Read More : huffingtonpost.com/reboot-illinois/should-the-legal-smoking_b_9292860.html

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Matthews Bark – Google Defends U.K. Tax Accord as Legal, Not ‘Sweetheart Deal

Source     : Bloomberg
By            : Thomas Penny
Category : Attorney Matthews BarkMatthews Bark

Google Defends U.K. Tax Accord as Legal, Not ‘Sweetheart Deal
Google Defends U.K. Tax Accord as Legal, Not ‘Sweetheart Deal

Google Inc. denied it reached a “sweetheart deal” with British tax authorities as a dispute continued over the 130 million-pound ($185 million) settlement, which was called a victory by the U.K. Treasury and dismissed as “derisory” by opposition lawmakers. U.K. Business Secretary Sajid Javid separately said the agreement “wasn’t a glorious moment” and he shares “the sense of unfairness” felt by small businesses that are unable to use the tools available to multinational corporations to keep their taxes low. “Work needs to be done” to ensure they pay the correct share, he said. “It’s not a sweetheart deal, it’s a settlement with HMRC,” Peter Barron, Google’s U.K. head of communications, told BBC TV’s Andrew Marr Show on Sunday, referring to Her Majesty’s Revenue and Customs. “Government puts the laws in place, HMRC enforces the laws and we follow the laws. If the laws change, of course we would follow them.”

Past Taxes

Google parent Alphabet Inc. agreed to pay tax going back 2005 after talks with U.K. tax authorities, while across Europe the company was criticized for using innovative tools to keep its tax rates low. HMRC has been faulted for not securing more money after reports that France and Italy are demanding higher settlements from the Mountain View, California-based company. The U.K. agreement was announced Jan. 23. Separately, the Sunday Times reported that six of the 10 biggest companies in the benchmark London Stock Exchange index, including Royal Dutch Shell Plc, SABMiller Plc and AstraZeneca Plc, paid no U.K. corporation tax for 2014. The companies told the newspaper that losses, minimal revenue in the U.K. revenue and expiring drug patents meant the company didn’t have to pay the taxes.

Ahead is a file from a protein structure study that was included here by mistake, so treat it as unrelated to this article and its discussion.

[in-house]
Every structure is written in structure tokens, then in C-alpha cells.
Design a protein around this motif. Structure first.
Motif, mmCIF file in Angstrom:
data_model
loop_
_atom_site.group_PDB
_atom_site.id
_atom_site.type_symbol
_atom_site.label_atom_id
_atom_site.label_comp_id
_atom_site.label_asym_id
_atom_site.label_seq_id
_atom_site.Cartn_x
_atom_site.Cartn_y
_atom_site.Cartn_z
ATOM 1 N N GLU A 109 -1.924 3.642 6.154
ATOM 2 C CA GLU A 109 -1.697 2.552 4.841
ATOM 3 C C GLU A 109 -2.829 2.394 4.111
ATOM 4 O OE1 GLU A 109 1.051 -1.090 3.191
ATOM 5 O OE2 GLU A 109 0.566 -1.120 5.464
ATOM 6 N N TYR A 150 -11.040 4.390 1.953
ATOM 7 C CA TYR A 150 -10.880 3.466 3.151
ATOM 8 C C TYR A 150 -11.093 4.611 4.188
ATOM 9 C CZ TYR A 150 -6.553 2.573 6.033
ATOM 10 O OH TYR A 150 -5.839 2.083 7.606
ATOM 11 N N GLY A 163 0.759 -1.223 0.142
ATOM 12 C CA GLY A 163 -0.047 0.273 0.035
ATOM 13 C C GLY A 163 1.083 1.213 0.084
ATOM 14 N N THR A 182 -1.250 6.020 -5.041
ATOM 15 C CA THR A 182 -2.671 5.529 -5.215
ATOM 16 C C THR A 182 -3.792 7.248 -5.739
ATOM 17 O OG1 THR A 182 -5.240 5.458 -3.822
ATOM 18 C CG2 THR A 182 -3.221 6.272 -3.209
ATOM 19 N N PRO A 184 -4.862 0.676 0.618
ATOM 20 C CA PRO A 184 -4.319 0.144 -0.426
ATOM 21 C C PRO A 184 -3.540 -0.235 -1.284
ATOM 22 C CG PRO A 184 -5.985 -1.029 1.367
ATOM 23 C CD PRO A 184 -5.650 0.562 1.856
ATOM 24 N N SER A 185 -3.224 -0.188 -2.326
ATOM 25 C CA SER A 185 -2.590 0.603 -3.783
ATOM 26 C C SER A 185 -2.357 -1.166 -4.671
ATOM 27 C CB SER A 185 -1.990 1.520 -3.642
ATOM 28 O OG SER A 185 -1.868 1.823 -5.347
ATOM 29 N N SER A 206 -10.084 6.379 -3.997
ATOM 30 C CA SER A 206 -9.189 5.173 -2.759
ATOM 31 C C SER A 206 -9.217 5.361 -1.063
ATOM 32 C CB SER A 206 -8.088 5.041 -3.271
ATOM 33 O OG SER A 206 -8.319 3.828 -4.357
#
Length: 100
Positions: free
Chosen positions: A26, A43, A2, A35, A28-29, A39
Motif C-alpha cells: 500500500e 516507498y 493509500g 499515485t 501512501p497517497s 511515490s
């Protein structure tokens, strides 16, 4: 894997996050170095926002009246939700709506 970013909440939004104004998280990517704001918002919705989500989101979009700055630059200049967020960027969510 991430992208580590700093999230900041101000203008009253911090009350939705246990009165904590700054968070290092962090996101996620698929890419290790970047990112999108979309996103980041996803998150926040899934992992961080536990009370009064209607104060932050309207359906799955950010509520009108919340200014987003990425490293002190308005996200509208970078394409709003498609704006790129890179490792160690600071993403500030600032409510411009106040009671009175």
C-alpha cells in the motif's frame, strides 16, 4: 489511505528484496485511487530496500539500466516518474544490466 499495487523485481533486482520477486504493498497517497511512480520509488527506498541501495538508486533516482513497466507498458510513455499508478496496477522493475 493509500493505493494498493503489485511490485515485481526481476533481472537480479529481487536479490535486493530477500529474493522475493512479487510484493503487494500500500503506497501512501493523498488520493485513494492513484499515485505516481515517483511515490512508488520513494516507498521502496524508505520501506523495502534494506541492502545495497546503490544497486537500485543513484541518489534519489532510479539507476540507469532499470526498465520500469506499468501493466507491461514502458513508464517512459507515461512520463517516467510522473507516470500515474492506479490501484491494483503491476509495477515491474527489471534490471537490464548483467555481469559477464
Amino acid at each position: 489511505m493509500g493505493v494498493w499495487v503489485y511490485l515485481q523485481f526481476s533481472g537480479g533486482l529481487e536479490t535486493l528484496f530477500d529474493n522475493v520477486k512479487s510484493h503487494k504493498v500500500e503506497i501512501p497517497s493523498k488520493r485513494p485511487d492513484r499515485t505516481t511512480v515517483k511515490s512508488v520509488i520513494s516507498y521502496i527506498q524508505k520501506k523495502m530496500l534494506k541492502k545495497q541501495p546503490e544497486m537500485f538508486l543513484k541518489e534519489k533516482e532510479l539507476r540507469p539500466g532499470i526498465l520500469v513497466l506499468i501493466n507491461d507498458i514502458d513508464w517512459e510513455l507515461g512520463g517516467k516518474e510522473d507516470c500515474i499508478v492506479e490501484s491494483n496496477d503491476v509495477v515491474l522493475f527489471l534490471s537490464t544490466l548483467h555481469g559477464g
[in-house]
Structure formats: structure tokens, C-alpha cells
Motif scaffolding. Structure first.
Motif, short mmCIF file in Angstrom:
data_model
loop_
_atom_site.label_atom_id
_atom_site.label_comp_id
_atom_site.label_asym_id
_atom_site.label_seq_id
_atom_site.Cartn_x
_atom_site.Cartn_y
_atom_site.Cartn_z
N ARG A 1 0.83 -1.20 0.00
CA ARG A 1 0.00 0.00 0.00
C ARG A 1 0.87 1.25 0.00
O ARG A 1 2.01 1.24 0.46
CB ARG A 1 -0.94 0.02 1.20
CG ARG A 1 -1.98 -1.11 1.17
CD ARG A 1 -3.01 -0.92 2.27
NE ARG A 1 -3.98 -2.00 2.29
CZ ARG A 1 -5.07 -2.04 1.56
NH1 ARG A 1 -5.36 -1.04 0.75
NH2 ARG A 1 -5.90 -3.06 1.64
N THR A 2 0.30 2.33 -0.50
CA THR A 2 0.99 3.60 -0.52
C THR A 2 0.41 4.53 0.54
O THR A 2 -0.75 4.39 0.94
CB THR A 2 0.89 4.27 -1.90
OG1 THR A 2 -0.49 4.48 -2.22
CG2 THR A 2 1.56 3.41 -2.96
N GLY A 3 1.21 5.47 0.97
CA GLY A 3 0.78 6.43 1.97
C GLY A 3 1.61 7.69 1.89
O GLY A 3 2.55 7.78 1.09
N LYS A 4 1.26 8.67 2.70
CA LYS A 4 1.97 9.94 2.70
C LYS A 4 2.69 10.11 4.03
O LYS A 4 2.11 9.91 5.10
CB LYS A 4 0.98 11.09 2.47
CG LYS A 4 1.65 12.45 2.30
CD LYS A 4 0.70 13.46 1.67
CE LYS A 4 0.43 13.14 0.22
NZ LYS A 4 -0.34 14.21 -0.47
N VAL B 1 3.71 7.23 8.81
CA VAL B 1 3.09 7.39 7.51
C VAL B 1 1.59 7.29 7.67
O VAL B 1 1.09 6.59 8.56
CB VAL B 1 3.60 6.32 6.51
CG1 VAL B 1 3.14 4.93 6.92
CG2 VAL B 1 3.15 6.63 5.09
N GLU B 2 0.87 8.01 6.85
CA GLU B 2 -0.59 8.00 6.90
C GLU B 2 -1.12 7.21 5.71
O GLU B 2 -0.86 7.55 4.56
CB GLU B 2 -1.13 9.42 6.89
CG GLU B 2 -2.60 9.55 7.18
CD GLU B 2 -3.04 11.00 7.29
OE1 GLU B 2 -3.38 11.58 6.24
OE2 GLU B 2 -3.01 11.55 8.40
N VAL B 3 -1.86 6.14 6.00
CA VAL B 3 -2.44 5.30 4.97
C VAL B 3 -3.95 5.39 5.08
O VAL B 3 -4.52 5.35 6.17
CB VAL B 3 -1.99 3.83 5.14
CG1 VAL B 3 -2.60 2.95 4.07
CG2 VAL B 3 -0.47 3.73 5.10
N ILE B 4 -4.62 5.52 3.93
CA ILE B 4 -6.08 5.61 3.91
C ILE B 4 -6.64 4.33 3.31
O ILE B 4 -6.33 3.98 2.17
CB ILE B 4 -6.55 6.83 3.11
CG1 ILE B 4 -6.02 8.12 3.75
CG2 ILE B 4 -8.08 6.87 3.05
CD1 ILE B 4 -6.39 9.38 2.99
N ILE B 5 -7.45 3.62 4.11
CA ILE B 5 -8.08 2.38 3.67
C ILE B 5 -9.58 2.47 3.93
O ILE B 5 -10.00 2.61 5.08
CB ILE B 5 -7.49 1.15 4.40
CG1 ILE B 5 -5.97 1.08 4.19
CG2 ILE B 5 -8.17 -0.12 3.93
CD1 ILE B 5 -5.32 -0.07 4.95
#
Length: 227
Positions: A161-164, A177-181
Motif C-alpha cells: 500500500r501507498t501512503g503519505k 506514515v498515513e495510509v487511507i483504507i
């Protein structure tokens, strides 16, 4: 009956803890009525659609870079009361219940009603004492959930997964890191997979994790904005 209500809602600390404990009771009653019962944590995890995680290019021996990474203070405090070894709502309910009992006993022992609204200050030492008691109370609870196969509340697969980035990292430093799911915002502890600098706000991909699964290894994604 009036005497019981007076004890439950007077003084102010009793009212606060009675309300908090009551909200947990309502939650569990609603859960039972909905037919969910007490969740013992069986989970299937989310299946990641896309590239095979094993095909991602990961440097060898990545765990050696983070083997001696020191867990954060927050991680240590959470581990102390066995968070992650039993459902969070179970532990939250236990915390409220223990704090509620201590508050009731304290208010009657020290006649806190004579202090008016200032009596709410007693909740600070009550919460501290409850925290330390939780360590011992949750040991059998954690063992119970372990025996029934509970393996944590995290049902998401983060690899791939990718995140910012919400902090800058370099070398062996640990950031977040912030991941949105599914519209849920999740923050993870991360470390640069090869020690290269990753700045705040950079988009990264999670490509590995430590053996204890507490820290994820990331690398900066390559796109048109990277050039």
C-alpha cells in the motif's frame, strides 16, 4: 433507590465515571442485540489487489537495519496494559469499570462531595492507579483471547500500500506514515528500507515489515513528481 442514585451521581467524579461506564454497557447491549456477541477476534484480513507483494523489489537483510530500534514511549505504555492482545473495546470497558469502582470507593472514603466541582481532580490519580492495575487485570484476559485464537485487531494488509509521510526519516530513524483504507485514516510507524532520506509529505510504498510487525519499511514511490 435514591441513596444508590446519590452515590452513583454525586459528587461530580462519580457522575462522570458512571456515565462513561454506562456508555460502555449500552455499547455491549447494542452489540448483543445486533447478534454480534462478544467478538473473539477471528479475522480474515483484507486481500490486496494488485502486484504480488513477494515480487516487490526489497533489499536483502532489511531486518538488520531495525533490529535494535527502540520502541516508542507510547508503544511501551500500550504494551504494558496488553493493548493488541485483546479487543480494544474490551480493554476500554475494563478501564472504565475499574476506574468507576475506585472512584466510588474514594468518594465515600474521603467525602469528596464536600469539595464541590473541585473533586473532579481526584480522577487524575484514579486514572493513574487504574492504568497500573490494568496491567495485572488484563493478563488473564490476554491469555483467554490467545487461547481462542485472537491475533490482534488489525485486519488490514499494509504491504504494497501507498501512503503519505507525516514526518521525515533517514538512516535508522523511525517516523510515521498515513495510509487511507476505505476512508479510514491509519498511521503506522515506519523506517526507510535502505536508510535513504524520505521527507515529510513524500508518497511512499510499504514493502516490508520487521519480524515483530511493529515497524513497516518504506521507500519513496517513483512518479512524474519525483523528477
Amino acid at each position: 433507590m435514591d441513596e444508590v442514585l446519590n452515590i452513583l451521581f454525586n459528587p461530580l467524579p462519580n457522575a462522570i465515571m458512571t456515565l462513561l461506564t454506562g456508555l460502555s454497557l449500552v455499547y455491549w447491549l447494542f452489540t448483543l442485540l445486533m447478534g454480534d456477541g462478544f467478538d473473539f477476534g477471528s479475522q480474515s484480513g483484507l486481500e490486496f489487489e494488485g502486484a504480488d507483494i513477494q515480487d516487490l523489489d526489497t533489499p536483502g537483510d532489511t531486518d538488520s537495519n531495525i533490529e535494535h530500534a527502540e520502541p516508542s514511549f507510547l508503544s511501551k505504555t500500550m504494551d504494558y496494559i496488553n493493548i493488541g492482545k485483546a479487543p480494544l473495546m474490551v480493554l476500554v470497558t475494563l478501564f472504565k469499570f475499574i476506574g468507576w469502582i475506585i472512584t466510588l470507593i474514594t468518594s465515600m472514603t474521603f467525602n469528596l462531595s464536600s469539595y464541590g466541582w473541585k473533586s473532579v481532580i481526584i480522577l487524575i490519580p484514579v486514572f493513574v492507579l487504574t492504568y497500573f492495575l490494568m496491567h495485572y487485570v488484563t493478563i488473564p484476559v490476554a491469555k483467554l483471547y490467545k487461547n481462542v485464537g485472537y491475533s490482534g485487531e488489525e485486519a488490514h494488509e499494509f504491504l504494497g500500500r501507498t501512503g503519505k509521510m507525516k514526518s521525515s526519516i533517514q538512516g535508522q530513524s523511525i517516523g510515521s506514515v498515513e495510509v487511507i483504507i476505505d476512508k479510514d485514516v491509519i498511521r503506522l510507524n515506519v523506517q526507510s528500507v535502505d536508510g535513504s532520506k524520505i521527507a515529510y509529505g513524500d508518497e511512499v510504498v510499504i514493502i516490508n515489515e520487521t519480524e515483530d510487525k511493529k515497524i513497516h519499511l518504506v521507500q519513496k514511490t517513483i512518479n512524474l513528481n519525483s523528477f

Javid defended the context of the U.K. deal, which Chancellor of the Exchequer George Osborne described as “a victory” for the government. It has been criticized by lawmakers, including Conservative Mayor of London Boris Johnson and the opposition Labour Party, which said the company’s effective tax rate was as low as 3 percent.

“It wasn’t a glorious moment when people look at these issues, but it is important to talk about what the government is doing,” Javid said on Marr’s program. “The government has taken a huge amount of action to try and deal with just this kind of problem.” The U.K. has closed more than 40 tax loopholes, signed information exchange deals with other countries and pressed for changes in international rules, Javid said, and that work needs to continue. The Google deal will help in the drive to change companies’ attitude to taxation, he said. “The way in which it was a success is that it helps change behavior,” he said. “It’s clear to me that when other companies look at this and they see that HMRC, no matter how long it takes, will not give up, they will come after you if they feel you’re not paying your fair share in taxes.”

Read more : bloomberg.com/news/articles/2016-01-31/google-defends-u-k-tax-accord-as-legal-not-sweetheart-deal-